Grief: A Process not an Event

maftab92 By maftab92, 1st Jul 2010 | Follow this author | RSS Feed
Posted in Wikinut>Health>Mind & Spirit>Mental Health

Grief is a very strong emotion and a natural reaction to loss caused by a major life change. There are no quick fixes to grieve. Grief never really goes away, but the impact of loss lessens over time.

Self Help

Grief is a normal reaction to death of a loved one, loss of something important in a person's life. A few other examples of loss include the end of an important relationship, job loss, loss of a pet or the loss of a body part causing disability.

If you are standing on a river side and you throw a stone in water, you will see ripples spreading away and finally coming back and settling down. Throwing stone is an event and occurrence of ripples is a process. Same is in case of grief reaction: loss is an event whereas experiencing painful feelings and emotions is a process. In the process of grief, a person goes through five stages. People go through these stages when they experience any loss but loss of a loved one will cause severe grief reaction and it will take longer time to recover depending on individual differences.

1- Shock stage

Shock is the first reaction followed by the loss of a loved one. This initially may appear as if there is no reaction at all to the news. The person may seem to be numb and totally mute. There may be physical reactions such as paling of the skin, shortness of breath, cold hands and feet. This stage is also known as shock absorber as it is a natural way to help prevent the person going into severe trauma. The person remains in a state of shock for a few seconds to a few minutes.

2- Denial stage

The next stage is denial - a stage of disbelief. The person will behave as if nothing has happened or the news might be wrong. He must be thinking “it can’t happen to me” or “the news must be wrong”. Despite having all the evidence, he will refuse to accept the fact.

3- Anger stage

Next stage is anger where the bottled-up feelings of the previous stages are expressed in form of blaming and it may involve self blaming or blaming others -“why me”, “why did it happen to me”, “why didn’t others take care to avoid the loss” are a few common phrases used in this stage by the grieved person during bereavement.

4- Bargaining stage

The next stage is a stage of desperation called bargaining. In this stage the grieved person will be thinking of the ways, which could help avoid having the bad thing happen. This stage is a stage of false hope that the bad news is reversible. The grieved person will be using phrases like “if only I could do this”, “if I could be there”, “if I had done something different”.

5- Depression stage

After going through different stages, finally the news sinks in and the grieved person will reluctantly accept the fact. This stage will cause him to experience depression. In this deep depression everything seems to be gloomy. Depression may be seen in a number of passive behaviors like physical absenteeism, lack of concentration, emptiness and lack of interest in self and life. It can also appear in tearful and weeping episodes where the grieved person's main focus is on his own world.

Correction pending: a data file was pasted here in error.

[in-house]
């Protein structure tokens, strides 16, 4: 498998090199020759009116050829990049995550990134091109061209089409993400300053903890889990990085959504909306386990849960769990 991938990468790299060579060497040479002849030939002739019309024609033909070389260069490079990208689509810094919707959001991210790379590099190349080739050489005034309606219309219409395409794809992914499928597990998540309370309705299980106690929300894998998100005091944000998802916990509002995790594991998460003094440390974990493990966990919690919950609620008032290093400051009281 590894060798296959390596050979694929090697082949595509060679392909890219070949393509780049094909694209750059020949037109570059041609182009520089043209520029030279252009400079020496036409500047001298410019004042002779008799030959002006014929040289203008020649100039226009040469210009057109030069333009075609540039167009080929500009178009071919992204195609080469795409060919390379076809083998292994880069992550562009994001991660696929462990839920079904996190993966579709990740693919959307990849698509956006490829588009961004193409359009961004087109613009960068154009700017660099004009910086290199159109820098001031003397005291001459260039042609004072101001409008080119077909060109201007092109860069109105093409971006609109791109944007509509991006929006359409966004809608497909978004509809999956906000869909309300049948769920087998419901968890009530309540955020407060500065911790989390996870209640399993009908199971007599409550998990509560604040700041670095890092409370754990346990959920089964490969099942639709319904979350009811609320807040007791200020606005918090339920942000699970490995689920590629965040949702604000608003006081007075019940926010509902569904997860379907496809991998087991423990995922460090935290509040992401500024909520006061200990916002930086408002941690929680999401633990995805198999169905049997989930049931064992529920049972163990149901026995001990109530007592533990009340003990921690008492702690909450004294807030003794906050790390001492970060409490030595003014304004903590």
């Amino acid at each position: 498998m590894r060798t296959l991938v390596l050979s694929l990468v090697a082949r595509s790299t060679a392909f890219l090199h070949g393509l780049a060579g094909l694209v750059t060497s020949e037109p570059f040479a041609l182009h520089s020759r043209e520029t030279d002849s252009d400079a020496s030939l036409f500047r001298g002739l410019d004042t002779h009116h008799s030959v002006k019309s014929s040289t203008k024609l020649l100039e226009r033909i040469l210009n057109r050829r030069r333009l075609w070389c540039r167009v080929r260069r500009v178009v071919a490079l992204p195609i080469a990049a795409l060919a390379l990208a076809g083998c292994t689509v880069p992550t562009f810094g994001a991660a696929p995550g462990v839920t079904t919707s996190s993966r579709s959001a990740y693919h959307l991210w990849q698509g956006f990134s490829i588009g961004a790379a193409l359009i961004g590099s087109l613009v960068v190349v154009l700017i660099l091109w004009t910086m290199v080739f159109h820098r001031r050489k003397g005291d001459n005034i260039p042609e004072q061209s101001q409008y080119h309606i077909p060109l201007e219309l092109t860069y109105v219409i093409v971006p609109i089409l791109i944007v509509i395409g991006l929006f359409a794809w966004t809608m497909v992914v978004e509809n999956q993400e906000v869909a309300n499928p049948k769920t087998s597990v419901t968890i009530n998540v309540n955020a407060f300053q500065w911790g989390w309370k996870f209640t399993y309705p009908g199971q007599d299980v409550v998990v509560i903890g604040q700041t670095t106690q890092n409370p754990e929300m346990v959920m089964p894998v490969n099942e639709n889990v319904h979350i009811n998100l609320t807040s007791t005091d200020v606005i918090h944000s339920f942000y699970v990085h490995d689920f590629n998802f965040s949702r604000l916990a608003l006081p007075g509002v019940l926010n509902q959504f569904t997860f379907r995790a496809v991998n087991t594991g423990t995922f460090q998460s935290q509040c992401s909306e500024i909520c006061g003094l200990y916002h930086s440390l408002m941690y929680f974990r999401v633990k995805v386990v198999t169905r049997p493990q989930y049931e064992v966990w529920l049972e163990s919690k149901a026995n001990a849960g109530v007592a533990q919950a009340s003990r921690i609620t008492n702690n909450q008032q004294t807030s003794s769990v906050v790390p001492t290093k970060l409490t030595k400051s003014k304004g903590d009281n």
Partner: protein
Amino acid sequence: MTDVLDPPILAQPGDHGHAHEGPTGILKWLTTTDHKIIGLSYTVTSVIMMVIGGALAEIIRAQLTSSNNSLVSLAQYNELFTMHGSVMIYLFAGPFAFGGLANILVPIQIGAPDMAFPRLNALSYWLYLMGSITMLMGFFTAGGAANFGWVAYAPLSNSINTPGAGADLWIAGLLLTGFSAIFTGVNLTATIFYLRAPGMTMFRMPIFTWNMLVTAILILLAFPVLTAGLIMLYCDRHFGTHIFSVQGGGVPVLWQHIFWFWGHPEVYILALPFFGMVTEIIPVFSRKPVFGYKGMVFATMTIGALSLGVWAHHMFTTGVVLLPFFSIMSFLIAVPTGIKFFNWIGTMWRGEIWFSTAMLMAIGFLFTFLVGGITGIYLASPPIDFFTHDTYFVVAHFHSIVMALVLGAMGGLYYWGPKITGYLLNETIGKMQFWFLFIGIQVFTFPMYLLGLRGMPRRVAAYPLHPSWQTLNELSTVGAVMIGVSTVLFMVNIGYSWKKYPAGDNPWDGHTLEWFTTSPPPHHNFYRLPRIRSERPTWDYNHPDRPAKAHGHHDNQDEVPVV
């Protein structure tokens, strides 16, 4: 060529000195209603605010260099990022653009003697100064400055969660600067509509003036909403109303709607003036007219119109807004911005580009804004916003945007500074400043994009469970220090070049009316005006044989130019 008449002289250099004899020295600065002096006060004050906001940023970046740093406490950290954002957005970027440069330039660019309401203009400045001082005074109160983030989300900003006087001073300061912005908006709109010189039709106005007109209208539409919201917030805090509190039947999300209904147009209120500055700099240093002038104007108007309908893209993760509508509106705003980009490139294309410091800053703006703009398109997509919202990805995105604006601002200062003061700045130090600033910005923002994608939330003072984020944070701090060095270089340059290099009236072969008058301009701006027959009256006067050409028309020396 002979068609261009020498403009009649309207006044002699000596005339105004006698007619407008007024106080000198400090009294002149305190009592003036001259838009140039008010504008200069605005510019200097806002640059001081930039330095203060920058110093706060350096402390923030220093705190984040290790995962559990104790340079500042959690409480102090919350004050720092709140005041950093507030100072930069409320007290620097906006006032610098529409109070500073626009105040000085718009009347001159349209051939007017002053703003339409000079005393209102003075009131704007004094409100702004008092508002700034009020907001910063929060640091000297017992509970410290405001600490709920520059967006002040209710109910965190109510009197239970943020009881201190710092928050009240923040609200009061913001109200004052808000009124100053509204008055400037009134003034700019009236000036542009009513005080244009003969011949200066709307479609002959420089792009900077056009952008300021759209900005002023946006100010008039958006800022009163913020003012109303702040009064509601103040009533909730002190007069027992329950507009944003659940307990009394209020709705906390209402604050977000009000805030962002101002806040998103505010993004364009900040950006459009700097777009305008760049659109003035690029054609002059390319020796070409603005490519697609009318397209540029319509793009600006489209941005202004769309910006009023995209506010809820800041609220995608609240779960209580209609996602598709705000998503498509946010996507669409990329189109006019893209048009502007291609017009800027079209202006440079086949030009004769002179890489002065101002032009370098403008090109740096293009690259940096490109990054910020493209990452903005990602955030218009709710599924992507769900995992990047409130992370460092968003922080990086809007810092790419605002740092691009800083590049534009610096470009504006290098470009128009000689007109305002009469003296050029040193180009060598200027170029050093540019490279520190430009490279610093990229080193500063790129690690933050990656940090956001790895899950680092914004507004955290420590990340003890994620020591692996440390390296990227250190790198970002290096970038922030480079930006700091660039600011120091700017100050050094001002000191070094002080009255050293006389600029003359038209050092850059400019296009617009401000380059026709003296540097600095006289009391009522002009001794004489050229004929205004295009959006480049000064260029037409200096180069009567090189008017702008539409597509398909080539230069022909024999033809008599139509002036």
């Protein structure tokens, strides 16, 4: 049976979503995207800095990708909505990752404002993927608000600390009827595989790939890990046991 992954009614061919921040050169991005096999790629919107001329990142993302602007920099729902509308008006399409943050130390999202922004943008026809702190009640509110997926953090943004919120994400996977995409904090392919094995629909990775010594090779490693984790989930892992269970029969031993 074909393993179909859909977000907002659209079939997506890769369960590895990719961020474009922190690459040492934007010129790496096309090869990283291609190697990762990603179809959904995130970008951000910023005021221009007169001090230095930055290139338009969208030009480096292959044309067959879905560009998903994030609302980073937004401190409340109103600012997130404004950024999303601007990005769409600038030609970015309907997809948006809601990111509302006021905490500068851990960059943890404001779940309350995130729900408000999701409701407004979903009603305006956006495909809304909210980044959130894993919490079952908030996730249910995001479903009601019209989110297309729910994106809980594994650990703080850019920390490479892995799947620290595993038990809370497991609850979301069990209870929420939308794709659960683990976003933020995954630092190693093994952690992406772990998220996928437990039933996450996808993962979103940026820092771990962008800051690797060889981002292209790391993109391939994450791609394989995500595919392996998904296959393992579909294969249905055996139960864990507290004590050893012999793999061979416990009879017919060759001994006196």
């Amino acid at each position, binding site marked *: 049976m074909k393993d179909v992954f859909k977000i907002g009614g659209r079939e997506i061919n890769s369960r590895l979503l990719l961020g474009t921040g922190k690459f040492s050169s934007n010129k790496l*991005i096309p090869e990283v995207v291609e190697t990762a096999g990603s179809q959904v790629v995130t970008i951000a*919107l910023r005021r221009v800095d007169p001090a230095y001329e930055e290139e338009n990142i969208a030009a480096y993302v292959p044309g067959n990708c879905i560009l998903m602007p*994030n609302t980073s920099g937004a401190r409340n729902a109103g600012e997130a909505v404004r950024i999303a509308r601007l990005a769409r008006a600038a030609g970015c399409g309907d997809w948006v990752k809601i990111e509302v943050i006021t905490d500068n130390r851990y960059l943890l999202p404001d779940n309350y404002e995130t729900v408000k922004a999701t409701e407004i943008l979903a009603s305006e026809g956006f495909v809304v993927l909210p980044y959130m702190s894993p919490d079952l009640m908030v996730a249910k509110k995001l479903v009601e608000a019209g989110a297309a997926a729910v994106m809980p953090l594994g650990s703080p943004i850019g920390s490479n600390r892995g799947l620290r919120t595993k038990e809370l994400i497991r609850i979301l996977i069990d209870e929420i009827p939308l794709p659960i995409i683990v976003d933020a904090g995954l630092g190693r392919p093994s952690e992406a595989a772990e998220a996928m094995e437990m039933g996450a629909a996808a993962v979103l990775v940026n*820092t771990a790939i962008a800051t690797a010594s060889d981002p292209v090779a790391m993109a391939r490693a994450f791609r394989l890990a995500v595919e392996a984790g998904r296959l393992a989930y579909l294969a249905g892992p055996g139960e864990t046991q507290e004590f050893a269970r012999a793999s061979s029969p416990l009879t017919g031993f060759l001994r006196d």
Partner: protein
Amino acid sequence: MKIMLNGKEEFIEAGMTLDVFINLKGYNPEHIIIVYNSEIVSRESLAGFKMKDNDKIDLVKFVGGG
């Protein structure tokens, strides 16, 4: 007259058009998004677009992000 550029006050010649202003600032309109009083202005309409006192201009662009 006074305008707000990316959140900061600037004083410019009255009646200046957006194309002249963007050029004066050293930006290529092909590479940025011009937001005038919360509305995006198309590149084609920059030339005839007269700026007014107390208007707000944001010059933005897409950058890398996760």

6- Acceptance stage

The final stage is acceptance of the loss and the grieved person is back to normal routine. They start to do things and assume their responsibilities and changing their behavior. With time they will become more contented despite having flash backs of the loss.

Usually these stages overlap till the person reaches the last stage of acceptance. In some cases people will revert back to initial stages especially anger and bargaining after accepting the loss. Though grief is a normal process and recovery is a normal process too. It is important to seek professional help if the grieved person is going through severe depression for more than 2-3 months.


Emotion, Grief, Loss, Process, Reaction

Meet the author

author avatar maftab92
I am a clinical psychologist from Pakistan. I am running my own clinic to help people overcome psychological problems.

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author avatar Uzma Shakoor
8th Jul 2010 (#)

very nice

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author avatar Denise O
26th Aug 2010 (#)

I have been witnessing my brother go through these steps after we lost our Mama in May 2009. I didn't.
I spent the last 4 1/2 weeks at her bedside in the hospital, fighting with her, as her partner. I was able at 46 to be there for my Mama's last breath, as she was there for my first one, it just seemed so natural. I prayed for my Mama as she was passing and then she went. I walked out knowing she was fine.
I do cry at times but, it is through laughter or a grimacing smile, as I recall one of her antics.
Your article has given me some incite in how to help my brother cope with it all. My brother is mentally challenged so it has been much harder in helping him deal with the loss of our Mama. Thanks.

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